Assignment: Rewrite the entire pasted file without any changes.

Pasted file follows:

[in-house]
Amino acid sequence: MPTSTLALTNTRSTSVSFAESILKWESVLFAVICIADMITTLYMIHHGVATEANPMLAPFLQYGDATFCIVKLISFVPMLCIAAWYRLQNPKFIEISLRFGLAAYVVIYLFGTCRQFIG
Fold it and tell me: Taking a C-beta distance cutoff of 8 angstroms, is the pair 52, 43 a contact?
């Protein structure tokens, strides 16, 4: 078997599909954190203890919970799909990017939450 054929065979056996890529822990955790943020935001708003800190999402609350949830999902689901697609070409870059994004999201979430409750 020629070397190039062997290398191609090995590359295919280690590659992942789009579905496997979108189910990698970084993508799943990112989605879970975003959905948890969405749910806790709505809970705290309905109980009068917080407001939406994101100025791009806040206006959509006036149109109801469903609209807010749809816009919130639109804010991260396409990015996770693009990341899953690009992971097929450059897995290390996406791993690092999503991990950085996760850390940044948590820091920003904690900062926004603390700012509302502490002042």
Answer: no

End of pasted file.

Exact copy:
[in-house]
Amino acid sequence: MPTSTLALTNTRSTSVSFAESILKWESVLFAVICIADMITTLYMIHHGVATEANPMLAPFLQYGDATFCIVKLISFVPMLCIAAWYRLQNPKFIEISLRFGLAAYVVIYLFGTCRQFIG
Fold it and tell me: Taking a C-beta distance cutoff of 8 angstroms, is the pair 52, 43 a contact?
């Protein structure tokens, strides 16, 4: 078997599909954190203890919970799909990017939450 054929065979056996890529822990955790943020935001708003800190999402609350949830999902689901697609070409870059994004999201979430409750 020629070397190039062997290398191609090995590359295919280690590659992942789009579905496997979108189910990698970084993508799943990112989605879970975003959905948890969405749910806790709505809970705290309905109980009068917080407001939406994101100025791009806040206006959509006036149109109801469903609209807010749809816009919130639109804010991260396409990015996770693009990341899953690009992971097929450059897995290390996406791993690092999503991990950085996760850390940044948590820091920003904690900062926004603390700012509302502490002042």
Answer: no